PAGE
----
Members of the Massachusetts congressional delegation have sent a letter urging the U.S. Department of Veterans Affairs to allow its staff to offer verbal recommendations to veterans on the use of medical marijuana during the COVID-19 pandemic.
“As this global pandemic continues to adversely affect veterans’ behavioral and physical health conditions, we believe that veterans who legally use cannabis in the Commonwealth to treat their ailments deserve to receive more robust assistance from qualified medical personnel at their local VA. Upon the end of this public health emergency, we also urge VA to consider making this directive the official policy of the Department going forward,” reads the letter to VA Secretary Robert Wilkie, dated April 15.
The letter is from Sens. Elizabeth Warren and Ed Markey and Reps. Katherine Clark, James McGovern, Seth Moulton, Ayanna Pressley and Joseph Kennedy III.
Medical marijuana dispensaries are considered essential business by Massachusetts Gov. Charlie Baker and have been allowed to operate during the pandemic. Recreational marijuana, however, was not considered essential by the governor, who has been sued by a group of adult-use stores seeking to reverse the decision.
The current VA policy allows VA providers to discuss marijuana use with patients but also prohibits those providers from “recommending, making referrals to or completing paperwork for veteran participation in State marijuana programs,” the letter notes.
Veterans in Massachusetts and beyond have used marijuana to help treat post-traumatic stress disorder, anxiety, chronic pain and other conditions. Medical marijuana purchases and visits are not covered by VA health care or by private insurance.
“While veterans are not supposed to be denied benefits only because they participate in a state-approved marijuana program, some veterans may be reluctant to seek medical marijuana, in part, because they are concerned that it could threaten their veteran status and their access to other federal benefits due to marijuana remaining prohibited under federal law,” reads a press release from Warren’s office.
Stephen Mandile, a veteran and marijuana advocate, sued Baker along with the group of recreational shops. That lawsuit argues many people, including veterans, have relied on the state’s recreational marijuana program to purchase medicine. Since adult-use sales were halted, the state Cannabis Control Commission has seen a spike in registrations for the medical program.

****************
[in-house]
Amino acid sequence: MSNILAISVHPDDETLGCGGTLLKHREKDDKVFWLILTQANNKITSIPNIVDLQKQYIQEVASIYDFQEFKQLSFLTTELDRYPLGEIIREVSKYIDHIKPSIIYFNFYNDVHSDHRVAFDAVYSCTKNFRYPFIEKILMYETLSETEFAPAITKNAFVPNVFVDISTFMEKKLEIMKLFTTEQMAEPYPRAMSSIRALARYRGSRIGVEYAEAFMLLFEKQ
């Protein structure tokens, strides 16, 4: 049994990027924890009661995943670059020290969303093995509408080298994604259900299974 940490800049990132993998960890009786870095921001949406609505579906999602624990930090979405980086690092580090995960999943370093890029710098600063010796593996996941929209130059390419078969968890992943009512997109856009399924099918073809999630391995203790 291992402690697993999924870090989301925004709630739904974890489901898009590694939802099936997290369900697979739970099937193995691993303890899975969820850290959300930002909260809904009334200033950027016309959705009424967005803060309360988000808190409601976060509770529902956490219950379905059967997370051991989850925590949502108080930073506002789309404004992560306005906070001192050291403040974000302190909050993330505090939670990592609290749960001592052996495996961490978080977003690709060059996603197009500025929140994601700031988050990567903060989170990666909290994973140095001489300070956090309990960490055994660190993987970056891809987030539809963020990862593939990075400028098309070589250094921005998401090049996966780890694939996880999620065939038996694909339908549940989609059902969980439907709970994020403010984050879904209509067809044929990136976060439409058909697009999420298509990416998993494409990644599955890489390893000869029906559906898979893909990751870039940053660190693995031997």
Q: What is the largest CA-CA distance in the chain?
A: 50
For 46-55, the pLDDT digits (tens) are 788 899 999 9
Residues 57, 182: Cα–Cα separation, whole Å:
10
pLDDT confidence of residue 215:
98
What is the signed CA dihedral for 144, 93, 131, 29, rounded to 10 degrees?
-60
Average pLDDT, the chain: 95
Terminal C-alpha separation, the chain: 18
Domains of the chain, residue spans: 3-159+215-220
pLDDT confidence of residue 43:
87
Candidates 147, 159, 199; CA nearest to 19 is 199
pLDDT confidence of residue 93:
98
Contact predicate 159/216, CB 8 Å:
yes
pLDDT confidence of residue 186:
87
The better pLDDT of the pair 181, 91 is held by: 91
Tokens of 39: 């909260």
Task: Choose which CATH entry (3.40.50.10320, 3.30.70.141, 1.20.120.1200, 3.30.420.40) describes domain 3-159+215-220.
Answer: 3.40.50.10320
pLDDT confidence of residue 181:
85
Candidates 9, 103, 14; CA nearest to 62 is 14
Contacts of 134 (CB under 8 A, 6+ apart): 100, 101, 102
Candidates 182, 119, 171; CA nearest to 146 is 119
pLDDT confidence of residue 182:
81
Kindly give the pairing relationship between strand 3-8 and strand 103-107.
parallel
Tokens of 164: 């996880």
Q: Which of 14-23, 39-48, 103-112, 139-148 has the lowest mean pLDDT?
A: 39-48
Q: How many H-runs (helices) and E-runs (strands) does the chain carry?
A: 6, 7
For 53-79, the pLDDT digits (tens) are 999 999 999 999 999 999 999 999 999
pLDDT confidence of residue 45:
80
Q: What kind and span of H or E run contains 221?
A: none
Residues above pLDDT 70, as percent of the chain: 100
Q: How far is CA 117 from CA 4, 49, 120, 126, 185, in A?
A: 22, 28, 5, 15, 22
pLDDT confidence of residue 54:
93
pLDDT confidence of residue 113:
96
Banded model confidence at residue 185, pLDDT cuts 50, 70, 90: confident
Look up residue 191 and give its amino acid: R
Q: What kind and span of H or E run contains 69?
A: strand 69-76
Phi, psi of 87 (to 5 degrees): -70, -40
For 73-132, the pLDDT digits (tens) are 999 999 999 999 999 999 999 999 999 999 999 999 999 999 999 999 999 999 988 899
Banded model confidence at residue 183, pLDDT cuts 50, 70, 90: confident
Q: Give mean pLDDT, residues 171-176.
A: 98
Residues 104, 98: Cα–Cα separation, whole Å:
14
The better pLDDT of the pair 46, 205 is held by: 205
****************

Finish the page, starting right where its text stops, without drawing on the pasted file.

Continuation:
“For many veterans in Massachusetts, medical marijuana works in treating their health conditions, which can be exacerbated by the coronavirus pandemic. VA providers can at least ‘discuss’ marijuana use with veterans, and veterans are ‘encouraged’ by the VA to raise the topic as part of their overall care planning. Therefore, during this unprecedented public health emergency, VA should issue a directive explicitly authorizing its health care providers to make sensible, clinically sound verbal recommendations to veterans related to participation in state approved medical marijuana programs and services and to provide advice to veterans as they complete forms and other paperwork reflecting those recommendations,” the letter reads.
Clinicians who provide the assistance should be advised by the VA that they will not be subject to disciplinary action, the letter adds.
“We also urge the VA to work with the Justice Department to formally advise VA providers who conduct these clinical activities that they will not face criminal prosecution under federal marijuana laws,” the letter continues. “By authorizing these tailored, temporary actions, the VA could help Massachusetts veterans who use, or are interested in using, medical marijuana receive more comprehensive clinical advice from their VA providers, reduce opioid addiction and substance use disorders, and achieve better health outcomes.”
With the increase in patient registrations, the CCC has allowed recreational marijuana businesses to support the medical supply chain.
Original story here.